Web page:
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Carl Craig & Moritz Von Oswald - Recomposed Vol 3

CARL CRAIG & MORITZ VON OSWALD - Recomposed Vol. 3 (Deutsche Grammophon)

When a record carries the logo of Deutsche Grammophon, it’s imbued with a certain sense of cultural weight. From Karajan to Solti, from Beethoven to Stockhausen, the label’s distinct place in the hierarchy of classical music is without doubt assured. And when you see the names of Carl Craig and Moritz Von Oswald on the front of a record, it almost begins to feel as if they have been accepted into the upper pantheon of music, albeit as remixers.

This is actually the 3rd in a series that began with Jimi Tenor remixing Steve Reich, and sees the duo take on a Deutsche Grammophon staple, Ravel’s “Bolero” and Modest Mussorgsky’s “Pictures at an Exhibition”, reworking a 1987 recording. “Spanish Rhapsody” from Ravel is also worked in at some point.

The two pieces are linked by their hypnotic qualities, which I suspect is why they were chosen to receive this particular treatment, but also because both composers were in a fragile state of mind when they wrote them. It was recently revealed that Maurice Ravel may have been suffering from a rare form of frontemporal dementia when he composed “Bolero”, a condition that predisposes sufferers towards repetition. Mussorgsky composed “Pictures” during the 1870’s whilst suffering from delirium caused by alcohlolism, brought on by the death of his friend Joseph Hartmann, whose pictures inspired the piece. It would be Maurice Ravel’s orchestral interpretation of Mussorgsky’s original piano score a few decades later that gave Mussorgsky’s piece the recognition that it deserved.

Neither piece is a stranger to being re-interpreted, as the likes of Tomita and Emerson, Lake and Palmer have attempted more traditional reworkings, which is why I suspect why both Craig and Von Oswald have steered clear of attempting to recreate them electronically in their entirety. For example, the traditional “Bolero” is dominated by an ostinato that is the recurring theme throughout the piece, providing it with a rhythmic force and sense of martial purpose that never goes away. This version eschews the splendour of the signature woodwind that make it such a drowsy and yet dramatic experience, and stretches out the score over a period of 31 minutes, nearly twice the length of the original. Yet whilst the standard soars to a crescendo that is amongst the most breathtaking in the classical reportoire, this one maintains a steady pace that is then accompanied by a plangent bass line and choral-style synths that are almost soporific in their atmosphere. By the time a techno rhythm kicks in, it’s as if there are very few motifs of the original theme left except for some low-lying melodic codas that are virtually invisible in the mix. The last 10 minutes seem to me like a freeform work-out between Craig and Von Oswald that hints at something great, but it’s as if neither of them is willing to take the lead. It’s a peculiar, if somewhat middle of the road ending to what appears to be an opportunity lost, although the final melodic piece is full of emotional warmth.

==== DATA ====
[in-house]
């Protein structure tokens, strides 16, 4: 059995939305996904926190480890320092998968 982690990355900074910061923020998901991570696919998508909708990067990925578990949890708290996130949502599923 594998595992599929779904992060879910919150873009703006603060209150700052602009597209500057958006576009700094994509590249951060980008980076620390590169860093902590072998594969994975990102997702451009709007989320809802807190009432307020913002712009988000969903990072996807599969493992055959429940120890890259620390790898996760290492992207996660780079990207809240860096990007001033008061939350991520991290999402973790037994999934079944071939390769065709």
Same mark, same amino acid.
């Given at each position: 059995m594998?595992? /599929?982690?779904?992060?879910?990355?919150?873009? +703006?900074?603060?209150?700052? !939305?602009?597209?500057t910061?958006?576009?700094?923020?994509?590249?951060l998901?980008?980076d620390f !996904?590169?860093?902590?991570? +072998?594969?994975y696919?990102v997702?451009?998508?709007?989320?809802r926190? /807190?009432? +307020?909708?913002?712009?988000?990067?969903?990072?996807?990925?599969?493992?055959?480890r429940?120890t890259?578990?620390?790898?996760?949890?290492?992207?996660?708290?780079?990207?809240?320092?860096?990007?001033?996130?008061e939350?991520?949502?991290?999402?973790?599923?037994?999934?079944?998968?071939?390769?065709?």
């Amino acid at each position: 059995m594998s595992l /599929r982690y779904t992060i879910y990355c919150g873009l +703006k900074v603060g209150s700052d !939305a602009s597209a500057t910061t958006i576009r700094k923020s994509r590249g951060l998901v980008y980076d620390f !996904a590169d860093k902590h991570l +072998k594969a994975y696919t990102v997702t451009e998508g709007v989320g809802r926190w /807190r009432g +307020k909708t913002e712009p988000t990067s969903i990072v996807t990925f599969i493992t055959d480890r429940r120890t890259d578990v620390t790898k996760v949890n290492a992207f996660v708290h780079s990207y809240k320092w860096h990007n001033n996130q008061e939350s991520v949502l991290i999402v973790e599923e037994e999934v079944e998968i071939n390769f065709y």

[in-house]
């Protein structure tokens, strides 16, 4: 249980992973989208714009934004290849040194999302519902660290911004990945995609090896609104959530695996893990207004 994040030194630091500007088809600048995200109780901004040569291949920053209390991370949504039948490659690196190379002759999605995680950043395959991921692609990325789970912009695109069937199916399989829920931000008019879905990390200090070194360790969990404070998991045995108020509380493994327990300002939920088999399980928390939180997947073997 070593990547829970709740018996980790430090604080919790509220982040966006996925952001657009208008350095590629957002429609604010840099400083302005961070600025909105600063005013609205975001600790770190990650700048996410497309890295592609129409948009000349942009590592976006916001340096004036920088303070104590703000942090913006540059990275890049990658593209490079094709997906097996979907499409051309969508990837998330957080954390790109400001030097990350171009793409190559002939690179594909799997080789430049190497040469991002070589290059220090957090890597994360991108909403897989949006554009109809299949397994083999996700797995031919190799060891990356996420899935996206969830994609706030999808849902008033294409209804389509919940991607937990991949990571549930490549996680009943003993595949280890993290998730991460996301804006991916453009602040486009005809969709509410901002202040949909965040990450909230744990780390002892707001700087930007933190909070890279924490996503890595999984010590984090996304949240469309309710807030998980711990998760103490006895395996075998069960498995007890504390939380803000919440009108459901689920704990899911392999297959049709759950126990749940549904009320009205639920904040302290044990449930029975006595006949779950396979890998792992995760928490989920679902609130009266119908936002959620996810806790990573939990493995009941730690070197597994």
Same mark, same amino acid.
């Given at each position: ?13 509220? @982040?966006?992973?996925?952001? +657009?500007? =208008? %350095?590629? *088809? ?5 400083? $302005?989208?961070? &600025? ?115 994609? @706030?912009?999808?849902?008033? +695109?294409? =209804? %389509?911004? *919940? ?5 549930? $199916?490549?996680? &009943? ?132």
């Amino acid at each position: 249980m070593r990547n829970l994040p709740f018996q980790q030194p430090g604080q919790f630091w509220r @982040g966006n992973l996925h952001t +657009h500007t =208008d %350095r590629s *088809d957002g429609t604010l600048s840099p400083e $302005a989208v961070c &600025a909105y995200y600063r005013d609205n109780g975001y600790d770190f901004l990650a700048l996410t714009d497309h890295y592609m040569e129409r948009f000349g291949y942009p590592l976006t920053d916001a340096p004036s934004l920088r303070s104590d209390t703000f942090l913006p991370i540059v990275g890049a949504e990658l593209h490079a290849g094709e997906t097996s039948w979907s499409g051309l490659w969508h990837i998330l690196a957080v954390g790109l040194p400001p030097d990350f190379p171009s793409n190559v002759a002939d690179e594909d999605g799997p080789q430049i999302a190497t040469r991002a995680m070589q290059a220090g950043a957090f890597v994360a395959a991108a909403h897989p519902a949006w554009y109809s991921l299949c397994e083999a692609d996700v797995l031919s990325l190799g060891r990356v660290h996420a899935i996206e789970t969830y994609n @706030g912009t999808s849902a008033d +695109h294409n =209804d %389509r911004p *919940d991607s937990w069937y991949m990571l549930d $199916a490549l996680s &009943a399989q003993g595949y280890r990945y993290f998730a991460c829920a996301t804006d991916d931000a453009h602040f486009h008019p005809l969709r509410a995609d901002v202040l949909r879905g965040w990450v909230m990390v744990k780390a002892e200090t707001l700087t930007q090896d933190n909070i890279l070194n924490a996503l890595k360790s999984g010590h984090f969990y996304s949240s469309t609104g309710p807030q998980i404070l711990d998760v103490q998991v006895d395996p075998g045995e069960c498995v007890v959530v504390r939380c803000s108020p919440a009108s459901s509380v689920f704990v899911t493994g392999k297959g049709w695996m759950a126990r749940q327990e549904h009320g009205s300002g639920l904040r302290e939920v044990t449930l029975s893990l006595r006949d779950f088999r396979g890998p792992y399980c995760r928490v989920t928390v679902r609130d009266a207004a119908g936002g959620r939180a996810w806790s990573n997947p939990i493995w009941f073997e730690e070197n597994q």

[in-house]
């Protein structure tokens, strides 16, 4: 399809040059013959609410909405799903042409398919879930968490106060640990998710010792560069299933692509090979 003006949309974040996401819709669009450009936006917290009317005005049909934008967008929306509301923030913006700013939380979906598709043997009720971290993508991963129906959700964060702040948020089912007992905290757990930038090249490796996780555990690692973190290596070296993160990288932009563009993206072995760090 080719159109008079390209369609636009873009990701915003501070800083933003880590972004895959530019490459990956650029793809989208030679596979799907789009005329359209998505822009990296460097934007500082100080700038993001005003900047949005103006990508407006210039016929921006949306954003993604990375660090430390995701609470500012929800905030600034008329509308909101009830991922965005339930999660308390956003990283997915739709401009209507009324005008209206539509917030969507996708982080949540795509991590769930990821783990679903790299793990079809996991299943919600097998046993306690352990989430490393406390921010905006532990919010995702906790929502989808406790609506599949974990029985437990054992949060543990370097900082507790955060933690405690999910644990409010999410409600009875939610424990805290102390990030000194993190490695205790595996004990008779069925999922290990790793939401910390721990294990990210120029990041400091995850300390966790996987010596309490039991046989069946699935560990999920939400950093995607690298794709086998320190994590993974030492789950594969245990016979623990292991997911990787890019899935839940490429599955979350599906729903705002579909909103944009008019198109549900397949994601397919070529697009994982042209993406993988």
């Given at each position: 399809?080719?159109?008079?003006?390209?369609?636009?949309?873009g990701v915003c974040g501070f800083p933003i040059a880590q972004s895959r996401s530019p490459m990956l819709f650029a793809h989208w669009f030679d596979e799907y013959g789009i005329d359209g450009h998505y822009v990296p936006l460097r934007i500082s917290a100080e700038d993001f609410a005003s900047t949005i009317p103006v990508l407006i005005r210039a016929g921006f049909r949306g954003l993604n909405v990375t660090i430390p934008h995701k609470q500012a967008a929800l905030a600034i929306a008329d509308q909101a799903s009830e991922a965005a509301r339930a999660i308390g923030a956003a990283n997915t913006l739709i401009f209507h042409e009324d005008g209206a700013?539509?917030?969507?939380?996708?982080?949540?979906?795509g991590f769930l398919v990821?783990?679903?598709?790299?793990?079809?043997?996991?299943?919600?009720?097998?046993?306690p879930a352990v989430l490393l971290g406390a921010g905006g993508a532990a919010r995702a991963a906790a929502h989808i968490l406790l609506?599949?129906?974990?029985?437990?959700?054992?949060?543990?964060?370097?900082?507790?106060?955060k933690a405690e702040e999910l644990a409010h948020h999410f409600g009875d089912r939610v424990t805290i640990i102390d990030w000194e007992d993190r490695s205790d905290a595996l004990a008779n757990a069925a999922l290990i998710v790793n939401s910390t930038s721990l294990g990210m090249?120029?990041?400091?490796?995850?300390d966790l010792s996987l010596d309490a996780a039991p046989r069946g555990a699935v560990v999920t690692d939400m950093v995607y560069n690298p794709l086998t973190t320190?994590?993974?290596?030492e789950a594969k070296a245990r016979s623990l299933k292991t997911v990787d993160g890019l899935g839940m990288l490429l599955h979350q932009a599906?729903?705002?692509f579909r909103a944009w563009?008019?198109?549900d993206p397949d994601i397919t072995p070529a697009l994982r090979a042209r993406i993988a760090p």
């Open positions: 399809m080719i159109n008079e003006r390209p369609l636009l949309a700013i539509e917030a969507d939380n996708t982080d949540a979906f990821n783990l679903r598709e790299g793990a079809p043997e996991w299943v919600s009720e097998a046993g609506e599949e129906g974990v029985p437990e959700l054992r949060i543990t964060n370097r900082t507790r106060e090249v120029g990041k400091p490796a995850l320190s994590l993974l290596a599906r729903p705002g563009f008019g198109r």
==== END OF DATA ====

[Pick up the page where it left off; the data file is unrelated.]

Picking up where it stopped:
An ambient interlude links the two pieces, and for “Pictures at an Exhibition” they retain the haunting piano coda of the original whilst adding an uptempo beat early on, driving the hypnotic elements forwards with some force. Sampled strings weave in and out of the mix, and all of a sudden the tempo drops to a jazz lilt that Craig is comfortable with. Of the two, this feels by far the more experimental, although that may be because it is a more complex score despite retaining simple instrumentation. The narcotic throb of Von Oswald’s production comes to the fore here, as ambient pulses and bass mean that the piece is, ultimately, re-composed into something completely different.

Whilst one might have expected a veritable fireworks of sound in this collaboration, it says more about the subtle talents of both of them that neither dominate proceedings. Indeed, Von Oswald’s experienced ear suits the sound palette of both scores providing a warm, fuzzy tone to it, and if it wasn’t for the rather tame end to “Bolero” I would heap more praise upon this album. It’s often the case that reworkings of classical pieces end up being ostentatious nonsense, and to their credit both of them manage to avoid that route despite the dramatic feel of both scores.

Toby Frith


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